‘Ach!’ I spluttered, trying to move my head from side to side. Sand, in my clothes, ears, mouth and up my nostrils. What? Where? How? Questions raced through my mind. Am I still in Timbuktu? I remembered Mum’s warnings about the sand storm. We must have fallen asleep before the storm. Or maybe I’d been knocked unconscious. I couldn’t remember.
I tried to stretch and turn over. My heart thumped as I gasped for air. I twisted backwards and forwards, swinging my arms and legs to free myself from my prison. Gradually the sand released me. I shook myself like a wet dog to get rid of every grain. Sitting up, I looked around; nothing but sand. I listened; no sounds. My fingers explored in all direction and found lots of grains. I focused on my breathing; a calmer mind might help me make more sense of what happened.
Then I remembered …
‘Ali!’ I sent my fingers diving, searching into the sand. No Ali. Where was he?
I crawled forwards then dug and pushed the sand, searching for any sign of Ali. Nothing! My whole body trembled. My heart felt as if it was about to burst from my chest.
A gush of wind blasted, raising grains of sand and thrusting them into my face. They hit with such force, reminding me of a tetanus needle, but more like thousands at the same time. I yelled ‘Help!’ but the harsh wind swallowed my voice. I gasped, coughed and spat air filled with sand and dirt. My eyes stung with grit and my mouth was dry.
Around me the thunderous thrusting of sand thumping onto sheets of different fabric, thwack, roared and rumbled across roofs, groaned and swished through the still-standing trees. Sounds of people and animals screaming. Clank and crash of metal hitting metal, and thud of timber slamming into bricks as the wind whooshed past my ears.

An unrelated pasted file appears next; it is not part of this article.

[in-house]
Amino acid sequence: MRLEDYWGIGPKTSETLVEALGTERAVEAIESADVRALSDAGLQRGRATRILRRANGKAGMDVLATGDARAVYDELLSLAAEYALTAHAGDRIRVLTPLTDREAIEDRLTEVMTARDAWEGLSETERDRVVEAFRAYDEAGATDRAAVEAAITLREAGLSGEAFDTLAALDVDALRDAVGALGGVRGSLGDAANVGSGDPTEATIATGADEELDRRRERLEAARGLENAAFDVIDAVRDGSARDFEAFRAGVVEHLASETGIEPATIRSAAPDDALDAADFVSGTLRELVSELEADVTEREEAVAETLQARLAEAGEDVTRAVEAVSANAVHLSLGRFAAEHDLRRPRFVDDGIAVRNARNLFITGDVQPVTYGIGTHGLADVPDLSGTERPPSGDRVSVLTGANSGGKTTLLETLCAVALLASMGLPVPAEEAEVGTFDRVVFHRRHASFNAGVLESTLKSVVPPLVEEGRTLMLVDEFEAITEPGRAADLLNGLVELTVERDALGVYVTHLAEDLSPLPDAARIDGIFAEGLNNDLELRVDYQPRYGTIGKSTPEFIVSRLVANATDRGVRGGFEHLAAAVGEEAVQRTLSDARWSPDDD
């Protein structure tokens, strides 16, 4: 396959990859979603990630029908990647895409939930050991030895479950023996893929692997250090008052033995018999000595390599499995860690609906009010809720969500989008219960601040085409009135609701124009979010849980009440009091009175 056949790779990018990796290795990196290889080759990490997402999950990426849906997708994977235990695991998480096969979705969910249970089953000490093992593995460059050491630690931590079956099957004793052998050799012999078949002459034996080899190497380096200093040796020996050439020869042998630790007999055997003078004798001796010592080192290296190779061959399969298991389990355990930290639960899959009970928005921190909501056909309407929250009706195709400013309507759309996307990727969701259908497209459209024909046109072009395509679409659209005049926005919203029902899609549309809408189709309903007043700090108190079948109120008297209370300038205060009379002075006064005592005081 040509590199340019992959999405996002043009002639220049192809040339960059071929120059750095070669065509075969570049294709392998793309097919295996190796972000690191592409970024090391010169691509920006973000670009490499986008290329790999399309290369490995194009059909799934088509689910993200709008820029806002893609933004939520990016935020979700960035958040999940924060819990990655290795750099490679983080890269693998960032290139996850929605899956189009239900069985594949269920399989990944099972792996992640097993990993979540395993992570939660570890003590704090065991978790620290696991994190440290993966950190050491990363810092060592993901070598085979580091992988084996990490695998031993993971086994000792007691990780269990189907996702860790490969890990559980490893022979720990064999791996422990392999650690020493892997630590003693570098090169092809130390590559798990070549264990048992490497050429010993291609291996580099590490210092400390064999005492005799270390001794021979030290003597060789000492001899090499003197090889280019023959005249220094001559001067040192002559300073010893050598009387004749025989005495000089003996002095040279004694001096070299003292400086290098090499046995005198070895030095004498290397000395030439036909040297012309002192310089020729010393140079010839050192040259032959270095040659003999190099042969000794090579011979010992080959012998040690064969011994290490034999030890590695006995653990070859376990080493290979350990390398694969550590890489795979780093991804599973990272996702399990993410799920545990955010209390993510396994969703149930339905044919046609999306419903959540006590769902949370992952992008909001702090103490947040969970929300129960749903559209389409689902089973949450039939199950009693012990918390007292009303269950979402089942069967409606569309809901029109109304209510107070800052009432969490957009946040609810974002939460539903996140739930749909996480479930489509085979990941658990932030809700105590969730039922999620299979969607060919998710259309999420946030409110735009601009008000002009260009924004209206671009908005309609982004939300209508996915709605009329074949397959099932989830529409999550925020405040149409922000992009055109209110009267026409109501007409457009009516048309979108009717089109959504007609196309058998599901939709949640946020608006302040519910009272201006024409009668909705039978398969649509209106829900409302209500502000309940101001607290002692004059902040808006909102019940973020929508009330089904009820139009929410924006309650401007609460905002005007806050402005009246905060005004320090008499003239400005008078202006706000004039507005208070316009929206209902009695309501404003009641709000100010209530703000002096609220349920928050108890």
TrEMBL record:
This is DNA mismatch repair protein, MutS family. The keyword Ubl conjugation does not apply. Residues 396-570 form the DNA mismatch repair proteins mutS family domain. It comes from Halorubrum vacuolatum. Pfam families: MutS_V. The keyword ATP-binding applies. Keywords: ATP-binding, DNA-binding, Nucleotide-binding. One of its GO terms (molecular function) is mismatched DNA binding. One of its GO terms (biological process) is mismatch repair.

What on earth was happening? Is this the wind storm Mum described?
I put my face between my knees and wrapped my arms around, hoping the wind would soon stop. I stayed like this for what seemed like ages, until there was silence, and the air was still.
* * * * *
I tried to work out where Ali might be. Had he left me? Or was he still out here? ‘He must be somewhere,’ I whispered.
My fingers raked through the sand, pushing armfuls to the right and the left. Next, my fingers once again dived searching and probing for Ali. I sat back on my heels to catch my breath, then pushed and searched in one direction, then another, moving slowly from one area to another.
‘Ali, where are you?’
My fingers were digging and reaching into the deep sand. One finger touched something solid but soft.
I swiped and pushed the sand, faster and faster. Must find my new friend. My fingers touched a body! Ali? Ali!’ I brushed sand from my friend’s face. I lowered my face down to Ali’s and turned my head, placing my ear near Ali’s nose and mouth. I held my breath, wishing for a sound from Ali. I picked up a faint ‘Ah.’
I rolled Ali onto his side and gently thumped his back, removing further sand that had gathered on his face. ‘Breathe, Ali, please breathe.’ I sat back on my heels and thought, ‘What should I do?’
Ali coughed and spluttered. I reached out my hand to touch him. He grabbed my hands and placed them on his forehead, just above his eyes.
‘Yuck!’ I said, withdrawing my hands. Sticky stuff flowed down into Ali’s eyes and onto his face. I felt sick, then turned my head and vomited.
Ali needed help, now! But, but how could I help? I didn’t even know where I was. I wanted to blink my eyes and be transported back to our tent, playing cards with my Mum. Instead, I felt like I couldn’t breathe and my whole body shook.
‘I’m only a kid!’ I screamed. ‘What can I do?’
‘Ahhhh,’ Ali groaned. He must be in pain.
‘HELP! HELP! HELP!’ I said
We couldn’t stay here; Ali needed help. I took some deep breaths, reaching down to help Ali stand up, but he was limp. I grabbed one of Ali’s arms and pulled it over my left shoulder, then grabbed his other hand and held it under my right arm.
We fell into the sand.
The journey back took forever.
I could hear the nuuuurrr of the camels and the bleats of sheep. Then I smelled…
Never thought I’d be so happy to smell poo!
But I was.